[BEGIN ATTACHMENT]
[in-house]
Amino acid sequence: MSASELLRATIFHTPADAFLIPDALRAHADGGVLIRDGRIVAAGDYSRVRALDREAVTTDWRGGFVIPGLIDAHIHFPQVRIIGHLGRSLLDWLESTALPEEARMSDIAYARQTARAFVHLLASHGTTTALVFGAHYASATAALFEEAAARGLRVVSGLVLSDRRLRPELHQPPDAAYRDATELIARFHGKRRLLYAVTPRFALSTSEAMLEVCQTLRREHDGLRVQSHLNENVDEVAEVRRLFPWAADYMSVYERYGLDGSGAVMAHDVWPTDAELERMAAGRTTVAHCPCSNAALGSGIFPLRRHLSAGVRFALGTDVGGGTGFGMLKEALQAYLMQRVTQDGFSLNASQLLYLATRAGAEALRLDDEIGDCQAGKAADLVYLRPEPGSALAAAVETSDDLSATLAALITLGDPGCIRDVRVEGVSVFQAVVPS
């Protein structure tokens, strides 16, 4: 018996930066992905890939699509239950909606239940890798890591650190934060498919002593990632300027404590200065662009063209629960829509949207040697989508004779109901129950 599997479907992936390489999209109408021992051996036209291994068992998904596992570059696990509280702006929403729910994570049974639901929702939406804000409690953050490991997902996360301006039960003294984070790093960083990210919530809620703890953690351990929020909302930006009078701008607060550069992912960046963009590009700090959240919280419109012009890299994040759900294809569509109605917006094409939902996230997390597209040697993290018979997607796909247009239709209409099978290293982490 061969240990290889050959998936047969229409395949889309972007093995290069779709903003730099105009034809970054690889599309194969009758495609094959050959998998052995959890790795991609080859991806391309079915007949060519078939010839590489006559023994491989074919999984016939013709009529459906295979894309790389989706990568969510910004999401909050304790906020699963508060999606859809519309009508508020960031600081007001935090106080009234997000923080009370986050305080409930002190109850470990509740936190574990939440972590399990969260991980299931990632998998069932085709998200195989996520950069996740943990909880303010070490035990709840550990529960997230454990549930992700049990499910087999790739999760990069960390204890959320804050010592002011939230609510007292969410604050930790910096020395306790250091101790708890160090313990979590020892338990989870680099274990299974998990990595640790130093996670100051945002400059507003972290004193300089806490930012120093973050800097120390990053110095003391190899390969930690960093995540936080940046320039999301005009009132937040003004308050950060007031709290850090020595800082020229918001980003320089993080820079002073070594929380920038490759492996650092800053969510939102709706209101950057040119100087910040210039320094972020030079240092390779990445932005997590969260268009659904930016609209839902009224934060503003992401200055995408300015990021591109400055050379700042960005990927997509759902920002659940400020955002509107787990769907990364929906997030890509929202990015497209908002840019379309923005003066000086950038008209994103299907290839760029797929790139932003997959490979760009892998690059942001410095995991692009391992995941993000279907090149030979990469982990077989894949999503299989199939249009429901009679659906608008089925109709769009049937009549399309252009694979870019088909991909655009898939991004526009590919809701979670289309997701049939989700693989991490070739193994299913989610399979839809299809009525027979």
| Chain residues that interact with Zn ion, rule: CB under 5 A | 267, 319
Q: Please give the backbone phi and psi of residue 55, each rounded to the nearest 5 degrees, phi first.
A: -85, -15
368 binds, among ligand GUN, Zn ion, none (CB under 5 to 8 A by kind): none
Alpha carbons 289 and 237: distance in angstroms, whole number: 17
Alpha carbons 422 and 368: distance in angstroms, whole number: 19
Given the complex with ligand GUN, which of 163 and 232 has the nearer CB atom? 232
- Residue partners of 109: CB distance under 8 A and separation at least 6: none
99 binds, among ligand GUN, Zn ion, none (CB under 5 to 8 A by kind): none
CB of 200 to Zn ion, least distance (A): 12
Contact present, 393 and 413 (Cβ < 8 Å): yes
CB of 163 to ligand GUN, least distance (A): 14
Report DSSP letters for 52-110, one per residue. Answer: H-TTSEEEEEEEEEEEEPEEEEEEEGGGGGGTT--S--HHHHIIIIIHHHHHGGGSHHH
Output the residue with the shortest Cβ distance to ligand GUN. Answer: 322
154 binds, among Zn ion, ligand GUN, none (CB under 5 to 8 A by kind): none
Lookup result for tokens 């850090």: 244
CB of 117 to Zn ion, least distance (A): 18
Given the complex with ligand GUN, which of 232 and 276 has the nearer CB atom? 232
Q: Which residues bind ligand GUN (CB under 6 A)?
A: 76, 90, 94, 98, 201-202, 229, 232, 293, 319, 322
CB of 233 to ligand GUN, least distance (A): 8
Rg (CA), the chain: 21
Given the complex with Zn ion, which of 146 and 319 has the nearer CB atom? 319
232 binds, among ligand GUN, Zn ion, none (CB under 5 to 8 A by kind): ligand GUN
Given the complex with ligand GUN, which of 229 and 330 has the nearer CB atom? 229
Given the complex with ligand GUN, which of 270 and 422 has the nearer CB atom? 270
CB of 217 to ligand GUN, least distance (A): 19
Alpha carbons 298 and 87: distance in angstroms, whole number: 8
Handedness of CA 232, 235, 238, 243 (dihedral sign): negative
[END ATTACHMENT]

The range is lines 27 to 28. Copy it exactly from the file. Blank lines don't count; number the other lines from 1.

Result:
232 binds, among ligand GUN, Zn ion, none (CB under 5 to 8 A by kind): ligand GUN
Given the complex with ligand GUN, which of 229 and 330 has the nearer CB atom? 229